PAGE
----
Aku Mbera

Aku Mbera is a semi-autonomous island ruled by Mohai. Mohai provides defence, foreign policy, currency and supreme court. It also provides an inspectorate to ensure probity in government affairs. In all other respects Mbera is self-governing. The island covers 316 square kilometres (122 square miles) and has a population of 24,000 who are all Lemohai-speaking.

Etsuri

Etsuri is broad peninsula on the north coast of Aheku. It is the nearest foreign state to Mohai which lies to its north and west.

At around 325,256 square kilometres (125,630 square miles), Etsuri has around twice the area of Mohai. It is slightly less densely populated at 78 per square kilometre, so the population is 25,380,000 people.

The people of Etsuri are called the Rohetsuri. They are of Dahu origin and  speak an Eastern Dahu language known as Letsuri. As Mohai was settled from Etsuri, Letsuri is the closest language to Lemohai. Distinctive features of Letsuri include ts, dz and the high central vowels transcribed here as ï and ïn/ïm. There is also an aspirate equivalent of ts, transcribed here as tsh. None of these are present in standard Lemohai.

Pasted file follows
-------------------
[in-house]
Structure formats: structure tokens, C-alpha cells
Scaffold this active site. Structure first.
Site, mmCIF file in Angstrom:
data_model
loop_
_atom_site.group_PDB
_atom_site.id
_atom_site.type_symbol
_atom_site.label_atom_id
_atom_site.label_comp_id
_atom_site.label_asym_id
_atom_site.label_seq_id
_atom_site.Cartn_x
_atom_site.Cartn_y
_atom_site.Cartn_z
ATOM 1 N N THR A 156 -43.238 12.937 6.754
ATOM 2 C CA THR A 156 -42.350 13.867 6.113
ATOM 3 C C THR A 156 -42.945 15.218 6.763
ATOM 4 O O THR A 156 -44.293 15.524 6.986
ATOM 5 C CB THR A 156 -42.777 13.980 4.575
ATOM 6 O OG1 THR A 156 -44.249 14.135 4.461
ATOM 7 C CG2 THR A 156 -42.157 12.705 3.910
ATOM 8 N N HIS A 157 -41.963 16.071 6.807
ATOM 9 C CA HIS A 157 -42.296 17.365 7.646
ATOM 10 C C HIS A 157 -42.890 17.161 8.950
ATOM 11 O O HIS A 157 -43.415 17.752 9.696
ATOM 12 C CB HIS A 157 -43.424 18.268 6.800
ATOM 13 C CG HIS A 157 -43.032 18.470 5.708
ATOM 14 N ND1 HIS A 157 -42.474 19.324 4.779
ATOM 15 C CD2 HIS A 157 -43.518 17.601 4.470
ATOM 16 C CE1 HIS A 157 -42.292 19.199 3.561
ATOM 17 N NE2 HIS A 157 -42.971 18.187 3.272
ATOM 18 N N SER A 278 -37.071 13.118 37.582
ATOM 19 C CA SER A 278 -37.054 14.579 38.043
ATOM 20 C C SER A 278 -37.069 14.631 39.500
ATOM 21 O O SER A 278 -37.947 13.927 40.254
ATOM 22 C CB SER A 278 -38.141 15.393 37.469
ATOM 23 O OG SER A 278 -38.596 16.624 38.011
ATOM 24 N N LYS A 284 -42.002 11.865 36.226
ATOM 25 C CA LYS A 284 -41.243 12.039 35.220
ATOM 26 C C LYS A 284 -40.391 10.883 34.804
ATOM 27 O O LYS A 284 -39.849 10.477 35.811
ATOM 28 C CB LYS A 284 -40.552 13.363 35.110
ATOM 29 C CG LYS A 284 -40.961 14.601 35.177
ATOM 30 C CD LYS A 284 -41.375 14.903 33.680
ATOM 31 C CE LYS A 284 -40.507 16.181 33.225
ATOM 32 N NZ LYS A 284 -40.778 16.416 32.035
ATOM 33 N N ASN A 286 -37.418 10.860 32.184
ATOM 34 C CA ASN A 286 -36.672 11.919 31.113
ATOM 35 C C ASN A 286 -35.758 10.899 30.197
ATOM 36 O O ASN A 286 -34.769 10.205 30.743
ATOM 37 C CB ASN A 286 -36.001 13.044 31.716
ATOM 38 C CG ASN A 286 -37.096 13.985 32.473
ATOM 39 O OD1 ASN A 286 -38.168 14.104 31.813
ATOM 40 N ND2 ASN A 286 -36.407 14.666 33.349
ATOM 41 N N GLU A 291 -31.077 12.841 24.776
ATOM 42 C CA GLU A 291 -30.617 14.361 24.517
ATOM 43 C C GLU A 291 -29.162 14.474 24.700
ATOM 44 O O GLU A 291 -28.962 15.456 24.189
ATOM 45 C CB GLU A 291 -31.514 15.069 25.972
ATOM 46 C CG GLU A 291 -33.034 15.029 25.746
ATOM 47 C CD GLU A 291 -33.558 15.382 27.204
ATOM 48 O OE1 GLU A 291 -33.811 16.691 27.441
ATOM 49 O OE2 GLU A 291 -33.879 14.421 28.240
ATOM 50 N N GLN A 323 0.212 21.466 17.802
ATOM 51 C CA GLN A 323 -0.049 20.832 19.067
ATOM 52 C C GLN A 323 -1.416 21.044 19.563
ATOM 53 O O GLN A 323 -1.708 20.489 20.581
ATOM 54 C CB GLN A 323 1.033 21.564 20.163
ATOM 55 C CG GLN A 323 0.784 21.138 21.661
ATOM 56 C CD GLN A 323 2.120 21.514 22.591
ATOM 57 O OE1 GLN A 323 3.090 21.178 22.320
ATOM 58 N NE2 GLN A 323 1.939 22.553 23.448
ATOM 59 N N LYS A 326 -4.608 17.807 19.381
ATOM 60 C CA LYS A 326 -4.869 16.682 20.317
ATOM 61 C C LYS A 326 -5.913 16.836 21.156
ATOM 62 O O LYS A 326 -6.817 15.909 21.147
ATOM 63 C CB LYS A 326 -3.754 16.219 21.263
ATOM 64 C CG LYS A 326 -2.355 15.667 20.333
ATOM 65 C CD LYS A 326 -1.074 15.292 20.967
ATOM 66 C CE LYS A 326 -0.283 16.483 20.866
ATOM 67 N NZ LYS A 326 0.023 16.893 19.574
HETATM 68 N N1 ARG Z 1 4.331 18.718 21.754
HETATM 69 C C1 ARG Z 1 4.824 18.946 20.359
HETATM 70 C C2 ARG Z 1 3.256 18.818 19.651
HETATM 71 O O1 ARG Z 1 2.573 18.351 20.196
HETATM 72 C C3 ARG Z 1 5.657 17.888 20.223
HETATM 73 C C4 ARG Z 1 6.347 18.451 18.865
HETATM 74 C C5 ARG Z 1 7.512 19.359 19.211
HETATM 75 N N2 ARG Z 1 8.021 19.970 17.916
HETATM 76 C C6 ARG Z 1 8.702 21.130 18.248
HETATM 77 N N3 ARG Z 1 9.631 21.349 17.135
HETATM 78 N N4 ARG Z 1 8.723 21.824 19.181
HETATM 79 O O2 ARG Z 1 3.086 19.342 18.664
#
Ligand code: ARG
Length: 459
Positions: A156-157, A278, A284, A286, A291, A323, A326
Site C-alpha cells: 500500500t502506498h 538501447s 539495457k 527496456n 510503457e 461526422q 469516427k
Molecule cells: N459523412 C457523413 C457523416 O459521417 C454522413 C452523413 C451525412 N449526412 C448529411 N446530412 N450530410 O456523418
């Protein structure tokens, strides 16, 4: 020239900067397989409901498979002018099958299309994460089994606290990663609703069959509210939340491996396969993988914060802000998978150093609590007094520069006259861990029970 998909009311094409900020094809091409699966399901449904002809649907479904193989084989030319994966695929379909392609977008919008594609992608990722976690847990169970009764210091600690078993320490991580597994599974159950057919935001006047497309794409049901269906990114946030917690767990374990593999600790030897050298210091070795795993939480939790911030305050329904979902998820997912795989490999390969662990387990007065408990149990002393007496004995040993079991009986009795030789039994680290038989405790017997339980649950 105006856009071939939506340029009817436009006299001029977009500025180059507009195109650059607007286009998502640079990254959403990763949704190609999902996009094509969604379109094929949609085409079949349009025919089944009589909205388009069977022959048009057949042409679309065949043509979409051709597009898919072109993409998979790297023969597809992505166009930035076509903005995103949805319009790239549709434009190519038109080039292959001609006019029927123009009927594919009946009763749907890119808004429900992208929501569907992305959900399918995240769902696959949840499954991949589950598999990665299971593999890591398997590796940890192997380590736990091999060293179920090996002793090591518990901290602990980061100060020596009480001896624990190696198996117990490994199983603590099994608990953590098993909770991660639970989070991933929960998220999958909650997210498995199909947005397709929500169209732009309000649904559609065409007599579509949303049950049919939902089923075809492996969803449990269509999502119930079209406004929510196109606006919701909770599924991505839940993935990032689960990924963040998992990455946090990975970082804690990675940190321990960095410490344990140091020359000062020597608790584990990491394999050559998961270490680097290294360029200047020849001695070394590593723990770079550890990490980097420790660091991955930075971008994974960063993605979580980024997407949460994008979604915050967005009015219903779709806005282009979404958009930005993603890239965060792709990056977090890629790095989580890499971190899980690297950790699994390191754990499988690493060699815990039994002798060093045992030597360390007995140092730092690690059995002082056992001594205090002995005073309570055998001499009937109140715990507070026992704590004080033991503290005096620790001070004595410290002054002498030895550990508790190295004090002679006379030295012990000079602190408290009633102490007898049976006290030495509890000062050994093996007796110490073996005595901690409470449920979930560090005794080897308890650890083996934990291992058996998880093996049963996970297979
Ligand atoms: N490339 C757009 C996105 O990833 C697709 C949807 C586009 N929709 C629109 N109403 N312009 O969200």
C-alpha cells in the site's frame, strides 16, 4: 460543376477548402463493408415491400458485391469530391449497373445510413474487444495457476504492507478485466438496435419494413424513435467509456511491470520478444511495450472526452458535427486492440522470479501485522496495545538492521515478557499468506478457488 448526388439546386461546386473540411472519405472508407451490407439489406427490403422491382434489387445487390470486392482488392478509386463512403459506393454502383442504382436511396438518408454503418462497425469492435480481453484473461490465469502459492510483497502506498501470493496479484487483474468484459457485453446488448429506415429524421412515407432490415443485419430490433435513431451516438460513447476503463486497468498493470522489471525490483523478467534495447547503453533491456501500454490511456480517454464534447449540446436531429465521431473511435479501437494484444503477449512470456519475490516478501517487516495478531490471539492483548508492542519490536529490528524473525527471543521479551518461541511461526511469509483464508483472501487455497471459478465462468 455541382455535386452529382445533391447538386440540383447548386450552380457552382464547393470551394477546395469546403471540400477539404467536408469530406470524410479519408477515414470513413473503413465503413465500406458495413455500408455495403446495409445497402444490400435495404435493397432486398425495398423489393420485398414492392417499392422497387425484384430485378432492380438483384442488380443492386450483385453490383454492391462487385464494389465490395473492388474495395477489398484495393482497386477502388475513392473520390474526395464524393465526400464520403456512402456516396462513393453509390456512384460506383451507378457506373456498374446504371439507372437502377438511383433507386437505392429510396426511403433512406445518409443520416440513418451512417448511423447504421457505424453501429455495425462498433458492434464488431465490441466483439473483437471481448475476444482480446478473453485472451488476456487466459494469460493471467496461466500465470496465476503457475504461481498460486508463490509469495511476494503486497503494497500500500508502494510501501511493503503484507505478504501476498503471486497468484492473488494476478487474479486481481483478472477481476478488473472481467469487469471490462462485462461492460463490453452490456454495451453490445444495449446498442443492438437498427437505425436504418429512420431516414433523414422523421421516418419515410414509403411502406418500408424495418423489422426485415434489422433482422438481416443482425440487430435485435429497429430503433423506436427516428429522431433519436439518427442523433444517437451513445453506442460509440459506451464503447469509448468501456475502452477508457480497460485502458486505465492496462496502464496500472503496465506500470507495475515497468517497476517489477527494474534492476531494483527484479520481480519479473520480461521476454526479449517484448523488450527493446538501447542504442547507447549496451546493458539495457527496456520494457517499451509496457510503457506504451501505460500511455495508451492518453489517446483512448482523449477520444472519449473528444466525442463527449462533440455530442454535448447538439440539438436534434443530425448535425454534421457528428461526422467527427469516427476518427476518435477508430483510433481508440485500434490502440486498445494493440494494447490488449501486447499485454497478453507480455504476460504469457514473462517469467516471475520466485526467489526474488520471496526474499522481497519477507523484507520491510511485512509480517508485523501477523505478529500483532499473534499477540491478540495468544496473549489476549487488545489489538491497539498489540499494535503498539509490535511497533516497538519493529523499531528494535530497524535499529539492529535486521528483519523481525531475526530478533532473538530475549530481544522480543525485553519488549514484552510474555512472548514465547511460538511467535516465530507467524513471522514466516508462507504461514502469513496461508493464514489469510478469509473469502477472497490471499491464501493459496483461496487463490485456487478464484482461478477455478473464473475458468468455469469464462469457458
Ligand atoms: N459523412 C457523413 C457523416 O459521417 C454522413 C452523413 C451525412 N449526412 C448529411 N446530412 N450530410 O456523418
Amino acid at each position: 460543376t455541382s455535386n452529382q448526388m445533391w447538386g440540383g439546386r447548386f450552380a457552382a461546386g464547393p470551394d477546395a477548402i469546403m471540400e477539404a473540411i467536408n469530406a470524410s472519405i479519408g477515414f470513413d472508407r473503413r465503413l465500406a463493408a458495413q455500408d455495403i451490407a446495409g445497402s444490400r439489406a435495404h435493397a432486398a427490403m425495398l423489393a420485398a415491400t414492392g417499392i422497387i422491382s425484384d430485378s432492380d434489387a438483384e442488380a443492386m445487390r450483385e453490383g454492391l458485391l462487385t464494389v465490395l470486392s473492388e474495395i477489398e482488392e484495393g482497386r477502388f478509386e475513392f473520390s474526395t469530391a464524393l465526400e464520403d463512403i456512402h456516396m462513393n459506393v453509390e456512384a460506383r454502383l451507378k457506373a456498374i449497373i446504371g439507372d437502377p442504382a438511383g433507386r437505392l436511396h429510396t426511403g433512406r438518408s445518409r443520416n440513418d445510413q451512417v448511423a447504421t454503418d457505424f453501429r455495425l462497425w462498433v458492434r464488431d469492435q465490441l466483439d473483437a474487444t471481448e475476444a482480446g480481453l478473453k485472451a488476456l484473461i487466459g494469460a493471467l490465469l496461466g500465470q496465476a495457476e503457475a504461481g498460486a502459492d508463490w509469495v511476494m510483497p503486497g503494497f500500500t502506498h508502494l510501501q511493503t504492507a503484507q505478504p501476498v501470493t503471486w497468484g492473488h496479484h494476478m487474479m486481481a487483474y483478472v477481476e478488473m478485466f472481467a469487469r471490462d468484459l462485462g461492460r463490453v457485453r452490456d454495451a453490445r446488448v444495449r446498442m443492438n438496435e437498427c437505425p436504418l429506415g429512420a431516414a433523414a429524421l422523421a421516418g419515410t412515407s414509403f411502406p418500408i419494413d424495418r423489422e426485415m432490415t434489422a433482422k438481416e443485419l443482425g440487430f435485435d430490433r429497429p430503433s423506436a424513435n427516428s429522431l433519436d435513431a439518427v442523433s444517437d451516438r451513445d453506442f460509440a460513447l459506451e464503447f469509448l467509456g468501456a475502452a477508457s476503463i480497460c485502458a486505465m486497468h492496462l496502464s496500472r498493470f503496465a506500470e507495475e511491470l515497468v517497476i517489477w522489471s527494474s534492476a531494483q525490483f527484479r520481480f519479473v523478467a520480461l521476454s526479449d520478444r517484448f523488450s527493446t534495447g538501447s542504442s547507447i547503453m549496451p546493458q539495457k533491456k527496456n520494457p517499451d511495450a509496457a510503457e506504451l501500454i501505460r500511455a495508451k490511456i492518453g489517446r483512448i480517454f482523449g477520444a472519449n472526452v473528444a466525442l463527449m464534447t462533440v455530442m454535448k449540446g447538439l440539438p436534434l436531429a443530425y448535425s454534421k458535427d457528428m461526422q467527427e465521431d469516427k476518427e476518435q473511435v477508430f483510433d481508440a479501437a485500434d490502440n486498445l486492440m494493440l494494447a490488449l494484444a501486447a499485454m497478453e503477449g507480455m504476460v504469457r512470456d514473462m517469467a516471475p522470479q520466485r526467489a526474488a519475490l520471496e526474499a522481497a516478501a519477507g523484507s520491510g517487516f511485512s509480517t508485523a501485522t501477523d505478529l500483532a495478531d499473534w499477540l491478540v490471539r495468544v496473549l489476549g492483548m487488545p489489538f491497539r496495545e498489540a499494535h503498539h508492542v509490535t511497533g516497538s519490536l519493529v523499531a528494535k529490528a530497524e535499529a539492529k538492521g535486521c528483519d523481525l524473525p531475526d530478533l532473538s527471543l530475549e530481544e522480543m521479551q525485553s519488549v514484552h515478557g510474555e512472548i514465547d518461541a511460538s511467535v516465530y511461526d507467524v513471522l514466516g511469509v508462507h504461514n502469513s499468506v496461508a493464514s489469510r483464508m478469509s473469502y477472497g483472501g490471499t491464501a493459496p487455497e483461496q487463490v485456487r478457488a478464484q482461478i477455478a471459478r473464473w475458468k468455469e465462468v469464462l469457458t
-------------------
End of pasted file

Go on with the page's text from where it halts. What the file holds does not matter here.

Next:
Like the Romohai, the Rohetsuri were absorbed into the Dahu Empire and then the Kemba Empire before regaining independence in the early modern era. The land then spent a period as part of the Romohai Empire. Modern Etsuri is an independent nation state within the NAC.

Pekau

Pekau is a nation-state on the north coast of Aheku. It lies due south of Mohai, bordering Etsuri to the south and west.

At around 752,829 square kilometres (290,780 square miles), Pekau is larger than Etsuri and Mohai combined. It has 78 people per square kilometre, so the population is 58,700,000.